At last, in 1998, GWOCI members had an alternative when it came to bike insurance with the arrival of Carole Nash Emerald insurance. When they first entered the market, they only quoted for clubs affiliated to the touring section of MCI and the vintage and veteran club. This was a big win for us and saved members a lot of money. Ballyvaughan in Clare became a favourite party place for the club.

On 25th February 1999, GWOCI became a limited company (Registered Company No. 302296). This was the year our membership application / renewal asked if you had an email address, not many members had.

Around the turn of the millennium, regions were getting more involved in their own areas, attending fund raising runs, pram pushing and wellie throwing competitions, providing escorts for the Chernobyl guys, becoming involved in bike shows such as the Limerick show, the Irish whiskey festival in Foynes and the Vintage Rally in Mosney. Club dropout weekends continued to be a success (from Salthill to Puckane where we went more than once) and, of course, the ever popular St. Patrick's Day parades from Castletownbere to Letterkenny, Tallaght to Ardee, Cork City to Sligo, GoldWings were there. In 2001, the Connaught Region changed its name to the Western Wings and the position of Child Officer was added to the Committee.

The 2003 Treffen in Ballybrit, Galway broke all records with 308 inscriptions, the Parade of Nations brought the city to a halt. We had 306 members in the club and they were travelling more and attending more overseas Treffens. For a few years, the club took part in the Dublin St. Patrick's Day parade while some members also took part in the Belfast Lord Mayors Parade. Another committee position was added to the ranks. In 2002, Steve worked on the club website. It was now up and running. Eamonn Toner reported that the site had 6,000 hits in 2004.

The club logo (patch) was changed slightly in 2005 when the Irish flag replaced "GWOCI". Members helped to marshal 541 Honda 50s when they broke the world record for the Guinness Book of Records. We had 342 inscriptions in Bandon and the North West Region changed its name to NorthWest Wings.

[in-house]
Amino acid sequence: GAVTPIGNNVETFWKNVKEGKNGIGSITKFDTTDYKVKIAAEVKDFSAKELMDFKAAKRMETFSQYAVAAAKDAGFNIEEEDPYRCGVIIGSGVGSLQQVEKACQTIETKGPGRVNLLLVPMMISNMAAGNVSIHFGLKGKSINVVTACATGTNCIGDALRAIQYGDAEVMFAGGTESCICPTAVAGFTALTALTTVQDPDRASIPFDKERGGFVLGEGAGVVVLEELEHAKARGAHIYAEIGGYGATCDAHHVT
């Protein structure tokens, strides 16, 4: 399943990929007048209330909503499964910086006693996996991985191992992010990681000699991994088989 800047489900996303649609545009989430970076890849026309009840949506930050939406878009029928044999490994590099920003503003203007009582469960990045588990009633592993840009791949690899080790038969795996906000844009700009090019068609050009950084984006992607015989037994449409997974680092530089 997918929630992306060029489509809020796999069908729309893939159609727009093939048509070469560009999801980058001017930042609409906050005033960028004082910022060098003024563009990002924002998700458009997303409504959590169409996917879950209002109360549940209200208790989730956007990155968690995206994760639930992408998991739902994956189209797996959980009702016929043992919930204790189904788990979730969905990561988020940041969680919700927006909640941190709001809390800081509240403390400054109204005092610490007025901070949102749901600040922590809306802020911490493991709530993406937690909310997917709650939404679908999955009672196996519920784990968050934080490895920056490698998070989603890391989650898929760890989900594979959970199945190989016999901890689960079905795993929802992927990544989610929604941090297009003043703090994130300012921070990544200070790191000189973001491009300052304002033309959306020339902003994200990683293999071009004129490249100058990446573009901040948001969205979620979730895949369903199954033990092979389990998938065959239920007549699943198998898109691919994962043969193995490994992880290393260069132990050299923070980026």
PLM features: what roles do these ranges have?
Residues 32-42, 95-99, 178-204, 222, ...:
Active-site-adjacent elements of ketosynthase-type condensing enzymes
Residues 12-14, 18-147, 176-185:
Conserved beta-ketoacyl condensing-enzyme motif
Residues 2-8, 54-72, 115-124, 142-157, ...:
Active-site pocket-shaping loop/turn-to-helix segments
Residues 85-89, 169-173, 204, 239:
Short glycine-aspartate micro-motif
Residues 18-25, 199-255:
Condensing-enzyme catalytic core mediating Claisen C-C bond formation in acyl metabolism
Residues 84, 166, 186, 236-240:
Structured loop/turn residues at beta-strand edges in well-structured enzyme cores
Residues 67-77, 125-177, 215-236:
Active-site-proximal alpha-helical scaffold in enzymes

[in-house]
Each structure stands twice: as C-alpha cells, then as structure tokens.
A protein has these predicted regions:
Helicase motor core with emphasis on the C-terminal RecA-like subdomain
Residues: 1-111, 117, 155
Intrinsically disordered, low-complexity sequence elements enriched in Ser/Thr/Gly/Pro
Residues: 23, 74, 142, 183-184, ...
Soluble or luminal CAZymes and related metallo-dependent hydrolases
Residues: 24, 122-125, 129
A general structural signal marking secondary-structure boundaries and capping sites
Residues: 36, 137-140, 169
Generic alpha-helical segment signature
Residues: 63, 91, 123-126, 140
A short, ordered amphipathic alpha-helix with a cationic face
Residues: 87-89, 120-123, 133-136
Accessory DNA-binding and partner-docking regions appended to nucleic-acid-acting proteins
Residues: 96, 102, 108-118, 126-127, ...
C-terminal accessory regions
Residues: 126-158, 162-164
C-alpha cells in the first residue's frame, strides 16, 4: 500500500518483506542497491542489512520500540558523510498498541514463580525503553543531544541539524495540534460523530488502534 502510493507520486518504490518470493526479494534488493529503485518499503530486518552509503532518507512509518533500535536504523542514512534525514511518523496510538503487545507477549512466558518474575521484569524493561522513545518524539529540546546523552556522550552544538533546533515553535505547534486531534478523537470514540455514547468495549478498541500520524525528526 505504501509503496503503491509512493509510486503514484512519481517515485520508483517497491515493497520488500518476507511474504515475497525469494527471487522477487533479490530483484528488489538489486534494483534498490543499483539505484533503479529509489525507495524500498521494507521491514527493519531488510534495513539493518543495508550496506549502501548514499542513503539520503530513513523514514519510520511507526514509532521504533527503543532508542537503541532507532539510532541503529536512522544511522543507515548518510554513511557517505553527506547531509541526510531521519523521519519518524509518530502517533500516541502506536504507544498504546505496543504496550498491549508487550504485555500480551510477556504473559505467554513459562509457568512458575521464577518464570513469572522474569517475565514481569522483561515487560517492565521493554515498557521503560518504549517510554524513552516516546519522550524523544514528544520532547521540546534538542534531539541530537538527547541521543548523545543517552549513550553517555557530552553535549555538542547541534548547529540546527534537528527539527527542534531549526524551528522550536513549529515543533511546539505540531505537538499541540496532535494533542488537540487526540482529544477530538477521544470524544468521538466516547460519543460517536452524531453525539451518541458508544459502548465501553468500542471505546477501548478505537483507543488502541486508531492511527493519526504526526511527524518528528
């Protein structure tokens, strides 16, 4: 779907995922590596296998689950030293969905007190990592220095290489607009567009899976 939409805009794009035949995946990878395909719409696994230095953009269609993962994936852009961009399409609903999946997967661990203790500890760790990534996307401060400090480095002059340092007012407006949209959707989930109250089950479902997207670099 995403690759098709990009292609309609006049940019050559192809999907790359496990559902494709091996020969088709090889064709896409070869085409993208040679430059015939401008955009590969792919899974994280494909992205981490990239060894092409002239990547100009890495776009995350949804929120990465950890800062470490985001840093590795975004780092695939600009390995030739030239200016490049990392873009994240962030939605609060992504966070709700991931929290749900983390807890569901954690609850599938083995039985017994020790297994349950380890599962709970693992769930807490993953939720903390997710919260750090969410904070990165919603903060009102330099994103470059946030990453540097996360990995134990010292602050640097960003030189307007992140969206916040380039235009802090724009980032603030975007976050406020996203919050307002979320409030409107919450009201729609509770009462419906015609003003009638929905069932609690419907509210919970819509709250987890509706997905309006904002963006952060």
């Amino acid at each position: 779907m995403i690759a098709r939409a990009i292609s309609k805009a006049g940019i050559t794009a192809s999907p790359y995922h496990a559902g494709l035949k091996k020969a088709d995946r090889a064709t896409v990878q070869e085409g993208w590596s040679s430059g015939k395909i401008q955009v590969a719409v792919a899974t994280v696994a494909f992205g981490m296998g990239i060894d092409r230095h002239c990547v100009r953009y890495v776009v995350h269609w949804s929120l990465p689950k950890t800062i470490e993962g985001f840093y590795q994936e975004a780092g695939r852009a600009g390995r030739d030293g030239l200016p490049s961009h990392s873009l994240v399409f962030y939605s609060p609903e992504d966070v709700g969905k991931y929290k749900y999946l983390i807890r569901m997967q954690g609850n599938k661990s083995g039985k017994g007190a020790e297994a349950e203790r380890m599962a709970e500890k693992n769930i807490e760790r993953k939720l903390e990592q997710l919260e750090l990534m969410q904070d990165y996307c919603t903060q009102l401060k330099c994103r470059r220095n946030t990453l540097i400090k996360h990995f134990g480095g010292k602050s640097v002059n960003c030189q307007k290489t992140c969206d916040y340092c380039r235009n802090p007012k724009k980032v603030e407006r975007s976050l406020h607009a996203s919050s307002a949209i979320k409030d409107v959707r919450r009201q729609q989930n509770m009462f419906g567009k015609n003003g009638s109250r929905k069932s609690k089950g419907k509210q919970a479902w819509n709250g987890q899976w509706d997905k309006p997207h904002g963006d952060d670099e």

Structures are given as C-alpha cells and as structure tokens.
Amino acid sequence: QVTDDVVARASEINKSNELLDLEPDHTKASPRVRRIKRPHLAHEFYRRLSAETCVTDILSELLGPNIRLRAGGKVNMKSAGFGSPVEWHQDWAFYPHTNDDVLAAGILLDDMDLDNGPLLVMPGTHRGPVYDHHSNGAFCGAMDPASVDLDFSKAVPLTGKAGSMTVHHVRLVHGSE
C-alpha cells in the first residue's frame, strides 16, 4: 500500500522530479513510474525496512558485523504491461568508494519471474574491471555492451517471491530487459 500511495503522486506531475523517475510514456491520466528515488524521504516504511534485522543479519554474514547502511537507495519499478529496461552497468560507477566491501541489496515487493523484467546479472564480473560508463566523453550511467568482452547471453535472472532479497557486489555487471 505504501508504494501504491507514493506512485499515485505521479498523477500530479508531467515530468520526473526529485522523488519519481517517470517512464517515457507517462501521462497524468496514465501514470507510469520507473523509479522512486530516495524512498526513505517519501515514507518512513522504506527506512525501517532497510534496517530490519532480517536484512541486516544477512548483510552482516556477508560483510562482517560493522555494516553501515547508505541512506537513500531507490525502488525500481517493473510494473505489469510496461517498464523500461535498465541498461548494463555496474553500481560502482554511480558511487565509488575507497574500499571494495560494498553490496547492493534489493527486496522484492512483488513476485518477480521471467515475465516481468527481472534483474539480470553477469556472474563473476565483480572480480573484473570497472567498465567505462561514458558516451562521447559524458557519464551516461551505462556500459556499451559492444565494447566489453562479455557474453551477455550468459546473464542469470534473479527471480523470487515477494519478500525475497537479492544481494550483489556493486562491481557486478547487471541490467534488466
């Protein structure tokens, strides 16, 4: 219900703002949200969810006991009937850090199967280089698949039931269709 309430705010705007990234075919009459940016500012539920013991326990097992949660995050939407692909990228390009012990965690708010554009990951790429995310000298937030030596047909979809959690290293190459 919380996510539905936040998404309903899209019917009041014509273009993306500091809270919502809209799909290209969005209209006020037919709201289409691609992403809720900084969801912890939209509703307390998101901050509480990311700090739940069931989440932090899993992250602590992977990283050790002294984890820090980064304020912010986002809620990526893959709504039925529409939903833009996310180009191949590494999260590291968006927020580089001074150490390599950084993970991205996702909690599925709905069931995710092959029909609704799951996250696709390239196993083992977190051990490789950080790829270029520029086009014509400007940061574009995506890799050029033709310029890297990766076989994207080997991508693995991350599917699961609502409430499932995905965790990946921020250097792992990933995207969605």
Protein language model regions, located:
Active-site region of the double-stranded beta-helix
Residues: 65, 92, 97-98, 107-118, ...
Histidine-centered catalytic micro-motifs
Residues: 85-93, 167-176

2006 saw the re-emergence of the club newsletter. A Celtic Wing Ding was held just before the Irish Treffen which helped establish links with our Celtic cousins. Over the past few years, the numbers attending our Treffens have settled down (as they have done with other clubs across Europe) making planning easier. In 2009, we celebrated our 25th International Irish Treffen in Gorey Co. Wexford and even managed a few firsts (after all these years): a Treffen DVD and camel racing (if you weren’t there, just watch the DVD!).

While many friendships have been made through the club and we have had very good times we also have had some sad times. Over the years, we have lost friends, people we would never have met if it wasn’t for the club, people who we are honoured to have known, people who we will never forget. To start naming names here would be wrong, it is better for us to remember them with a smile and a wish that they are enjoying some fine weather, good roads and the craic at their own Treffen where we’ll all meet up someday.

It is hoped that our history will continue to develop. Thanks to all the people who helped us in the past and we look forward to a bright future for the club.